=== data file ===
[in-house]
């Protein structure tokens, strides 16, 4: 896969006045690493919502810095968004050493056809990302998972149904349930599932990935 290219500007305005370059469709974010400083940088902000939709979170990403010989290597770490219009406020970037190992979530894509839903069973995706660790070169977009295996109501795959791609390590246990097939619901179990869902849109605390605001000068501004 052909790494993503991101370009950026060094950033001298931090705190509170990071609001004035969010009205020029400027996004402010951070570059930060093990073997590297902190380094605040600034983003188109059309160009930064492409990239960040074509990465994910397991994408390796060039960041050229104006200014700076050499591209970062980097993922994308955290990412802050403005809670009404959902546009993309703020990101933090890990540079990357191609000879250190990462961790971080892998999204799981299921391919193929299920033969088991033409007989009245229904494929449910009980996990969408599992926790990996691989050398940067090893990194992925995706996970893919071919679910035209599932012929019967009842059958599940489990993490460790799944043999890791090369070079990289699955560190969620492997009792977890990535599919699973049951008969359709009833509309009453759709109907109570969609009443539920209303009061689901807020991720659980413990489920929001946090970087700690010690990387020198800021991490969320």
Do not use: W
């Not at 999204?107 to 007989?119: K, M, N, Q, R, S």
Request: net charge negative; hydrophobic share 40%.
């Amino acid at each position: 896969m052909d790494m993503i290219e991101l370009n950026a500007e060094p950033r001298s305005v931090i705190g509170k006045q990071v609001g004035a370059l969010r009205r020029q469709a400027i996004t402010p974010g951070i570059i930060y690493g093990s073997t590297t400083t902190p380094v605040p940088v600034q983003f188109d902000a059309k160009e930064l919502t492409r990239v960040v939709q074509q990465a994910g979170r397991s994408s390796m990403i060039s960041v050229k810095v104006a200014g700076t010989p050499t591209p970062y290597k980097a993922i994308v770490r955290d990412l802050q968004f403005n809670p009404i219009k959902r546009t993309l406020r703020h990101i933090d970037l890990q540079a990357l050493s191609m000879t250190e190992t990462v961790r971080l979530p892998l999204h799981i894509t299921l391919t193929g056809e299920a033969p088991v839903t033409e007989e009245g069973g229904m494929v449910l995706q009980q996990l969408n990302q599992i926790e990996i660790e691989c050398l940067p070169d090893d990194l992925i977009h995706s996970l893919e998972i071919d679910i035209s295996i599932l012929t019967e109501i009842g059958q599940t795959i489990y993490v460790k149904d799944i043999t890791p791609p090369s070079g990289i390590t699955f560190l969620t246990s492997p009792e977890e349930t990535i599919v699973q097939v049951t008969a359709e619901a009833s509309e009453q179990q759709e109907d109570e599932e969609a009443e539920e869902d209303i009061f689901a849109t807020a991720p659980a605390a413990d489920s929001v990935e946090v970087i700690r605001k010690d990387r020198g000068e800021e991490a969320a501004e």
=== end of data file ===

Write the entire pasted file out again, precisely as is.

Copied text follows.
[in-house]
């Protein structure tokens, strides 16, 4: 896969006045690493919502810095968004050493056809990302998972149904349930599932990935 290219500007305005370059469709974010400083940088902000939709979170990403010989290597770490219009406020970037190992979530894509839903069973995706660790070169977009295996109501795959791609390590246990097939619901179990869902849109605390605001000068501004 052909790494993503991101370009950026060094950033001298931090705190509170990071609001004035969010009205020029400027996004402010951070570059930060093990073997590297902190380094605040600034983003188109059309160009930064492409990239960040074509990465994910397991994408390796060039960041050229104006200014700076050499591209970062980097993922994308955290990412802050403005809670009404959902546009993309703020990101933090890990540079990357191609000879250190990462961790971080892998999204799981299921391919193929299920033969088991033409007989009245229904494929449910009980996990969408599992926790990996691989050398940067090893990194992925995706996970893919071919679910035209599932012929019967009842059958599940489990993490460790799944043999890791090369070079990289699955560190969620492997009792977890990535599919699973049951008969359709009833509309009453759709109907109570969609009443539920209303009061689901807020991720659980413990489920929001946090970087700690010690990387020198800021991490969320």
Do not use: W
């Not at 999204?107 to 007989?119: K, M, N, Q, R, S």
Request: net charge negative; hydrophobic share 40%.
């Amino acid at each position: 896969m052909d790494m993503i290219e991101l370009n950026a500007e060094p950033r001298s305005v931090i705190g509170k006045q990071v609001g004035a370059l969010r009205r020029q469709a400027i996004t402010p974010g951070i570059i930060y690493g093990s073997t590297t400083t902190p380094v605040p940088v600034q983003f188109d902000a059309k160009e930064l919502t492409r990239v960040v939709q074509q990465a994910g979170r397991s994408s390796m990403i060039s960041v050229k810095v104006a200014g700076t010989p050499t591209p970062y290597k980097a993922i994308v770490r955290d990412l802050q968004f403005n809670p009404i219009k959902r546009t993309l406020r703020h990101i933090d970037l890990q540079a990357l050493s191609m000879t250190e190992t990462v961790r971080l979530p892998l999204h799981i894509t299921l391919t193929g056809e299920a033969p088991v839903t033409e007989e009245g069973g229904m494929v449910l995706q009980q996990l969408n990302q599992i926790e990996i660790e691989c050398l940067p070169d090893d990194l992925i977009h995706s996970l893919e998972i071919d679910i035209s295996i599932l012929t019967e109501i009842g059958q599940t795959i489990y993490v460790k149904d799944i043999t890791p791609p090369s070079g990289i390590t699955f560190l969620t246990s492997p009792e977890e349930t990535i599919v699973q097939v049951t008969a359709e619901a009833s509309e009453q179990q759709e109907d109570e599932e969609a009443e539920e869902d209303i009061f689901a849109t807020a991720p659980a605390a413990d489920s929001v990935e946090v970087i700690r605001k010690d990387r020198g000068e800021e991490a969320a501004e």